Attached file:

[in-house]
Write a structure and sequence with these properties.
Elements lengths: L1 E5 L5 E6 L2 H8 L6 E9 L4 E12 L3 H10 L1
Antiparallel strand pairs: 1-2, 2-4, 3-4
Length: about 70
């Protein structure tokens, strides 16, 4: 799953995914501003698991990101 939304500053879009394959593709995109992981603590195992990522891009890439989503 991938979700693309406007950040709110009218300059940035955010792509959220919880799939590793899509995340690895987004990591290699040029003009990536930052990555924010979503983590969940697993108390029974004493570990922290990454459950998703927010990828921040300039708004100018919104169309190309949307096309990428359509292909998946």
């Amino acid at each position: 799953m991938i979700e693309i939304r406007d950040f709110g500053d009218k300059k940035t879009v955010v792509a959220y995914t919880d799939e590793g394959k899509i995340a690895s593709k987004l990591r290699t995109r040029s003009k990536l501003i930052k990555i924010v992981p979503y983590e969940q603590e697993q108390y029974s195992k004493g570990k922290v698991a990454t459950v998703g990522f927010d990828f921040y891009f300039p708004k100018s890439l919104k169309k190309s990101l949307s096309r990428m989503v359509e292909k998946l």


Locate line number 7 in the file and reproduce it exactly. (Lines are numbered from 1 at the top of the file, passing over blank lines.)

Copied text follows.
């Amino acid at each position: 799953m991938i979700e693309i939304r406007d950040f709110g500053d009218k300059k940035t879009v955010v792509a959220y995914t919880d799939e590793g394959k899509i995340a690895s593709k987004l990591r290699t995109r040029s003009k990536l501003i930052k990555i924010v992981p979503y983590e969940q603590e697993q108390y029974s195992k004493g570990k922290v698991a990454t459950v998703g990522f927010d990828f921040y891009f300039p708004k100018s890439l919104k169309k190309s990101l949307s096309r990428m989503v359509e292909k998946l």